A report from insurance company Aviva claims that millions of 'average' two-child families are being forced to cut back working hours as they struggle to afford childcare after having a second baby.
The Aviva COTS (Cost Of The Sibling) study polled over 1,000 parents with two or more children and found that four in 10 families felt it was not financially viable for both parents to work full time after the birth of their second child.
The findings also suggested that nearly half (45%) of parents who don't go back to work after having a second baby take at least five years off - at a potential cost of over £125,000 in lost earnings, and that's before taking into account the extra costs of raising a second child.
And with nearly half of the polled parents saying they felt it was not worth both mum and dad working full time after having a second child, that's a lot of families facing severe financial cut backs.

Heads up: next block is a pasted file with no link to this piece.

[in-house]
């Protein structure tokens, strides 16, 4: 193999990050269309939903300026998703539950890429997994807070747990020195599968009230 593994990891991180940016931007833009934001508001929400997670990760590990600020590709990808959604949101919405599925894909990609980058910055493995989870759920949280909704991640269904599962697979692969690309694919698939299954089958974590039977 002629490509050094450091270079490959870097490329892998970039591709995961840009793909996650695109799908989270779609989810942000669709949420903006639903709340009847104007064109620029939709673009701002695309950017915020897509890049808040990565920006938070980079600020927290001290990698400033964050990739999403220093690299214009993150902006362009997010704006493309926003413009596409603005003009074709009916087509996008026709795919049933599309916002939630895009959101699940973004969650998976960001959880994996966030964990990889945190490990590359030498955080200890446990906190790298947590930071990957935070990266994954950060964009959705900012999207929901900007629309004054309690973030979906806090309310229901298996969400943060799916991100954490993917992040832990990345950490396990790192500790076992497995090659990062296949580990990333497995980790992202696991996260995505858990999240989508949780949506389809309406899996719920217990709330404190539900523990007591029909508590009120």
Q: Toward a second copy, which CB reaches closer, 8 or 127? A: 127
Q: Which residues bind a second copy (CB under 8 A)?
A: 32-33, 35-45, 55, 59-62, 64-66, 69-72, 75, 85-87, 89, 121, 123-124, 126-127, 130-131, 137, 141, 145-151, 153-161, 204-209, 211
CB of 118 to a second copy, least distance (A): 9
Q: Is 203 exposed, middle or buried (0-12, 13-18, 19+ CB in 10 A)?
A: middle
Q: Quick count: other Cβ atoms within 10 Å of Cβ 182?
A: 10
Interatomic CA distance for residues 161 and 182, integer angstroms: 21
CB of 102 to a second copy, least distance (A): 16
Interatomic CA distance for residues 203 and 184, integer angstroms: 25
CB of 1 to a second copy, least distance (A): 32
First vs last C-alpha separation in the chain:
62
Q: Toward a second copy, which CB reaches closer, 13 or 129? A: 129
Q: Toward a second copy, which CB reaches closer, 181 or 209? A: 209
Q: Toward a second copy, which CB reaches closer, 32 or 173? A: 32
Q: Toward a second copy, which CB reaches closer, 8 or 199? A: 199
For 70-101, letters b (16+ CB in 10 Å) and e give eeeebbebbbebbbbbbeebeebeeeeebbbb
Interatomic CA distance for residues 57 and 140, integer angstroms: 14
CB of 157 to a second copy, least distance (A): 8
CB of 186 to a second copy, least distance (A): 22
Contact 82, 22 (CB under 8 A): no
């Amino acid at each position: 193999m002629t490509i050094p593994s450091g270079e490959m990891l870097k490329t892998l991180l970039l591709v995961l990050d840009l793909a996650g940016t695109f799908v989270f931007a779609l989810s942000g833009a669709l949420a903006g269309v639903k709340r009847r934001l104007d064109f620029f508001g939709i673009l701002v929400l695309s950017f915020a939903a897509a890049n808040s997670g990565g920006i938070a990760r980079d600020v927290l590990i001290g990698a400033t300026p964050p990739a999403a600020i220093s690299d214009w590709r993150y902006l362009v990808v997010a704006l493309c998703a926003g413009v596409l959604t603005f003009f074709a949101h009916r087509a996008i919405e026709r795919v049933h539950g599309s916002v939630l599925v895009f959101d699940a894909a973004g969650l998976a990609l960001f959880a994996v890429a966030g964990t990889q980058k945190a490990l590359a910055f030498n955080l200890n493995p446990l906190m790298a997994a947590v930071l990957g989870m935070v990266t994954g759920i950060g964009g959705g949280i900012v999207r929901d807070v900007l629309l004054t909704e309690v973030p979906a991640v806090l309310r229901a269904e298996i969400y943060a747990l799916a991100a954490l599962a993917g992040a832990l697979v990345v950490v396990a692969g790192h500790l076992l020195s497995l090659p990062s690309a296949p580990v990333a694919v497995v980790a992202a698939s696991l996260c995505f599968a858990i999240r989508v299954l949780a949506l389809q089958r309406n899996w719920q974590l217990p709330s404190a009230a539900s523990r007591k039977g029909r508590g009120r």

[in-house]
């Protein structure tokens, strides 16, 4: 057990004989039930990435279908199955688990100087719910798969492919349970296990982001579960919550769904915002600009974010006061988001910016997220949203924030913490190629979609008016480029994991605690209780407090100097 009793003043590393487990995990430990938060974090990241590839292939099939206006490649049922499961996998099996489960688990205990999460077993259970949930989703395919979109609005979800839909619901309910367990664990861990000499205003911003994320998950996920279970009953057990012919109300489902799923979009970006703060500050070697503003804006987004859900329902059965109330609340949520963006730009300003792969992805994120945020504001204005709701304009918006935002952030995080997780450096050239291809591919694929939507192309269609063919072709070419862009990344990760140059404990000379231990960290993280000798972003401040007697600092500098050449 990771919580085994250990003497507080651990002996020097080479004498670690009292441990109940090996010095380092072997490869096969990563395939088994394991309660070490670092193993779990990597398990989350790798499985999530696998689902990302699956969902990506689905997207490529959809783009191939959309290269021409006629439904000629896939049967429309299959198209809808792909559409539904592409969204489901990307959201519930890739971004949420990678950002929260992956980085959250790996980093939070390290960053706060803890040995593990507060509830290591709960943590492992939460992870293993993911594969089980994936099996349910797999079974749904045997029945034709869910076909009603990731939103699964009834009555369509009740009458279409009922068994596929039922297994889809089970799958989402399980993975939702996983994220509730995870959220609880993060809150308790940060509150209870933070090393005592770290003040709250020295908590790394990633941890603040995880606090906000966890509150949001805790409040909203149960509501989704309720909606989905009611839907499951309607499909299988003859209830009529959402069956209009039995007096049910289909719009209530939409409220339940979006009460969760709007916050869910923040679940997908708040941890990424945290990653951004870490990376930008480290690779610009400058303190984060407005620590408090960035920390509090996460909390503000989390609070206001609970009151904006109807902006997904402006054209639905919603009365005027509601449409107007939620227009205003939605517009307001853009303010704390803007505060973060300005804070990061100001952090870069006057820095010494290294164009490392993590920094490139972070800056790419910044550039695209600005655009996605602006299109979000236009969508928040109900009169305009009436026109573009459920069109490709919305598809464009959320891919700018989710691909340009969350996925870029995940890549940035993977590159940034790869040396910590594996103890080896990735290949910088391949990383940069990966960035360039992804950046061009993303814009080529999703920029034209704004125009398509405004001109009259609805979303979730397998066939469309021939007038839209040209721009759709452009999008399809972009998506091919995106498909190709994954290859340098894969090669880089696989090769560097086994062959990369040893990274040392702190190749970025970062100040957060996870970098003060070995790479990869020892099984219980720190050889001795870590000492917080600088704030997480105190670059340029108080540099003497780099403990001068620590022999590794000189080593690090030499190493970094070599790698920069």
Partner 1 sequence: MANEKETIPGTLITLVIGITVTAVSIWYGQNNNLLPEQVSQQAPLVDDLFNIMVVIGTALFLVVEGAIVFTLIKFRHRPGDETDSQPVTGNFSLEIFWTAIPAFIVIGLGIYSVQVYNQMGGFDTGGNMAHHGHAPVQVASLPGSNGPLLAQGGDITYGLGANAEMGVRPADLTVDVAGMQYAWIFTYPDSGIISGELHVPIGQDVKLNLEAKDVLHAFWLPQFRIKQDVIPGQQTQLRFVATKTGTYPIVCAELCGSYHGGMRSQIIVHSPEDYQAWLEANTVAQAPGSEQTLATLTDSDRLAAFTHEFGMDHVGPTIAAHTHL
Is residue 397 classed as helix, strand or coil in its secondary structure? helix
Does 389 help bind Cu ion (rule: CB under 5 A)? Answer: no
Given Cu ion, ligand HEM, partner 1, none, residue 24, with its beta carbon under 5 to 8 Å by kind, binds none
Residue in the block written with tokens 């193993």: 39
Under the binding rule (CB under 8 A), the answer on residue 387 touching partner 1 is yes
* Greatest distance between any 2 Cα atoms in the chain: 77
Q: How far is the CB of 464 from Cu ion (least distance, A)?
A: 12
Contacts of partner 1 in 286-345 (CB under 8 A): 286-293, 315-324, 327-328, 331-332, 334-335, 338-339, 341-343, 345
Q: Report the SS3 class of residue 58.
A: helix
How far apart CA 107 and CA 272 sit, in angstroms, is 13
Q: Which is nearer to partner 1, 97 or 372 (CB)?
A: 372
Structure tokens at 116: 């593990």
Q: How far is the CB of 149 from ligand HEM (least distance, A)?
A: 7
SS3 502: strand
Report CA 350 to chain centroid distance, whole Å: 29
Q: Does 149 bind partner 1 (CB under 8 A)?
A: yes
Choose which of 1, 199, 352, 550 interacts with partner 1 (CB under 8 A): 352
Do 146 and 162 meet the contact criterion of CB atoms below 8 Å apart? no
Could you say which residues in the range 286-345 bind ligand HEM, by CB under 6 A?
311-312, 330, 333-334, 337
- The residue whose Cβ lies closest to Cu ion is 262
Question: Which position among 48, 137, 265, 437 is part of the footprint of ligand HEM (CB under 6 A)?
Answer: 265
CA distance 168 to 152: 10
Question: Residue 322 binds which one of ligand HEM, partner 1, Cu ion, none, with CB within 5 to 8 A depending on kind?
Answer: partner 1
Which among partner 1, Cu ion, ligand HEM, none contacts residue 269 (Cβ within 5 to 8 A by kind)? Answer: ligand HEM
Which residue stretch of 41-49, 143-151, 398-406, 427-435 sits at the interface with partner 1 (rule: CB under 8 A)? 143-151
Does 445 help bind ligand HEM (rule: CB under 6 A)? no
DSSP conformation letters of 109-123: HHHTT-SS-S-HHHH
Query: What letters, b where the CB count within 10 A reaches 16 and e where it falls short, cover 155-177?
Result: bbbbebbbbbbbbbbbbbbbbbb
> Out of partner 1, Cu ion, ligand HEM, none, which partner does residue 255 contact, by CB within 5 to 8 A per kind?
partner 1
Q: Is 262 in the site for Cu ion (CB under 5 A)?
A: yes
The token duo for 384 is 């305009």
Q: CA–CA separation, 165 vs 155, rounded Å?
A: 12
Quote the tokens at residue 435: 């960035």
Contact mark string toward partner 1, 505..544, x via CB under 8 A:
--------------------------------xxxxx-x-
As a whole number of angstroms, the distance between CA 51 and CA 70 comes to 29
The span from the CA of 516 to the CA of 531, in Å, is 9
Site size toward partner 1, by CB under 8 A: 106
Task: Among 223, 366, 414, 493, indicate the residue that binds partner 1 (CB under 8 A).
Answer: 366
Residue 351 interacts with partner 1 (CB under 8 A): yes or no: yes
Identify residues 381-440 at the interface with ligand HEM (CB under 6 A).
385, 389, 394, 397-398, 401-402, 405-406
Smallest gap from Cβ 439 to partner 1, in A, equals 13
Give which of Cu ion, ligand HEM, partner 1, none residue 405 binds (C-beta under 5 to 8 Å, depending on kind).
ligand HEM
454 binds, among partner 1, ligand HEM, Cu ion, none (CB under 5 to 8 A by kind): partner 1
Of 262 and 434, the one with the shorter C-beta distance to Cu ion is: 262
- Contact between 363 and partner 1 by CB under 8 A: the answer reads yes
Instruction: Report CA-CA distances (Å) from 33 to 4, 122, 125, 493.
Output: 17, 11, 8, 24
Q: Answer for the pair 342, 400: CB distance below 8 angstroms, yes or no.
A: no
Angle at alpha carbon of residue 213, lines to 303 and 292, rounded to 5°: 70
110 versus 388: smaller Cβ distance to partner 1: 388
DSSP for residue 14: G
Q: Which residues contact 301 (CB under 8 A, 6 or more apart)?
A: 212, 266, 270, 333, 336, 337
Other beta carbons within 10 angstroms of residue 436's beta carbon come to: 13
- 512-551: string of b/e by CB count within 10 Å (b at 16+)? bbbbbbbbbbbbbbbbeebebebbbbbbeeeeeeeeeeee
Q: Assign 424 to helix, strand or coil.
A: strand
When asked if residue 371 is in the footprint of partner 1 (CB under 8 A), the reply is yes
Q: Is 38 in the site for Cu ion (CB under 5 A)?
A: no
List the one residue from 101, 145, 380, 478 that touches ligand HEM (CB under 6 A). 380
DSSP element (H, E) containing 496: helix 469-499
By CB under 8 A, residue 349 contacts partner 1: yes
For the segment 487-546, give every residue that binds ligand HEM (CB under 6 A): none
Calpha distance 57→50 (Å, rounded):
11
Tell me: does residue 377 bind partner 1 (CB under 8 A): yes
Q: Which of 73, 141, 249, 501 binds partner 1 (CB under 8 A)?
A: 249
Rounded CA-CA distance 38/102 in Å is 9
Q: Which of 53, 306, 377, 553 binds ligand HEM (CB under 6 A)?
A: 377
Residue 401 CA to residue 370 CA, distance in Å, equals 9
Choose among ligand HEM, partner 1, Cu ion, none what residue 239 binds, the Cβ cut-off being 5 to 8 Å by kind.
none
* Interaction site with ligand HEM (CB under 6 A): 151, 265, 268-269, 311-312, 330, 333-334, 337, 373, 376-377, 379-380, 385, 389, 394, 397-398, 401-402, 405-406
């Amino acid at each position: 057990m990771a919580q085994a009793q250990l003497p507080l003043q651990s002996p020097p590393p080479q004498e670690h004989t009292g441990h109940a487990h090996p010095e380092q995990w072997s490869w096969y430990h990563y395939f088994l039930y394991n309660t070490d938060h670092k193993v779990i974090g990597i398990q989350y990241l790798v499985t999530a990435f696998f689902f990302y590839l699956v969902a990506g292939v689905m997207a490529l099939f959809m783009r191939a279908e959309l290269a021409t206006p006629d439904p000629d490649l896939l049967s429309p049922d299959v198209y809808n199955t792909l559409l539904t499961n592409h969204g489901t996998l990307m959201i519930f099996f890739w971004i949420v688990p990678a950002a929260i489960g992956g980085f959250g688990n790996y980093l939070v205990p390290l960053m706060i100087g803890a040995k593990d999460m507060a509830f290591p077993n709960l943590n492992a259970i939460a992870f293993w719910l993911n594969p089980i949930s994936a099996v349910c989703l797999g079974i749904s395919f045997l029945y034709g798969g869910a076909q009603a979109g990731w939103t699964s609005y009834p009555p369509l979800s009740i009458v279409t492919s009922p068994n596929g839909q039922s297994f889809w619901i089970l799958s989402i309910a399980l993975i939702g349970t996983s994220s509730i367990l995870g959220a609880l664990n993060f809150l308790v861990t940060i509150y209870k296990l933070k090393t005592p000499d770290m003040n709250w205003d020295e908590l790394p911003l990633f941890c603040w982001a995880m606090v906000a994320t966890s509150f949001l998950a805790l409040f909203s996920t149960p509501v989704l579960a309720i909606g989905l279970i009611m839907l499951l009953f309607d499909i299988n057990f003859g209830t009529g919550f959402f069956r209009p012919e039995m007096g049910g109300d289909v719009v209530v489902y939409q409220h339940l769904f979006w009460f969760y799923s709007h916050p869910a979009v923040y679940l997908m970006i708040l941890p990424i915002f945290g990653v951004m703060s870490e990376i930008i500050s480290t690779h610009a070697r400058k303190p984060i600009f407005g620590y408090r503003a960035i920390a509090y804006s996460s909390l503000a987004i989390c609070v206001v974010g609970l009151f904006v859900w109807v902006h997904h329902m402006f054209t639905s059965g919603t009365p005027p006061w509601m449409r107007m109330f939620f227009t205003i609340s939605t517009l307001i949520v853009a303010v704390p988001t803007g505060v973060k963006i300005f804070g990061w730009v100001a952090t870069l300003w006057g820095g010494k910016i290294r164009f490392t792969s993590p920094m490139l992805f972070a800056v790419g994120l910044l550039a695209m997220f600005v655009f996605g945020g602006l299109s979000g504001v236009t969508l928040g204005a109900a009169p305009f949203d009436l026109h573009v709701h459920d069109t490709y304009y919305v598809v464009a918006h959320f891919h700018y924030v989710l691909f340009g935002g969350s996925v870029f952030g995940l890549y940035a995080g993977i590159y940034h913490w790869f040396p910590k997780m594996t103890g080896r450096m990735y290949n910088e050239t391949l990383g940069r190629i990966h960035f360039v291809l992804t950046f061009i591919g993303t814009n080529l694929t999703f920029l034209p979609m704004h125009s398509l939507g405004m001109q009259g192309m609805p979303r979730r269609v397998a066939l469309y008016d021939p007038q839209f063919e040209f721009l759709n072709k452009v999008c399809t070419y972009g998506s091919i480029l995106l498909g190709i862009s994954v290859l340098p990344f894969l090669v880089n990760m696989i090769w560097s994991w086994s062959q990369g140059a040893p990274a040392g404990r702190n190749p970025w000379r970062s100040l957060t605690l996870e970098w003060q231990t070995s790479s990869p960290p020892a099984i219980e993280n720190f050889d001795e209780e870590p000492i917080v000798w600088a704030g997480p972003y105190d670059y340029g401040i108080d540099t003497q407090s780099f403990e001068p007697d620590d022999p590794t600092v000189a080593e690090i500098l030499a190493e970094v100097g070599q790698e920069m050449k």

Many families say that if they returned to work after having a second child, they would be working purely to pay the child-minder, and with annual full-time childcare for two children costing nearly £17,000 a year, it's not surprising that many parents are electing to stay at home or significantly reduce their hours.
But are the findings a true reflection of modern family life? Does a second child have to have such a huge financial impact? Can we not just tighten our belts and lower our expectations? Or does our childcare system and its associated costs need a radical overhaul?
What do you think?
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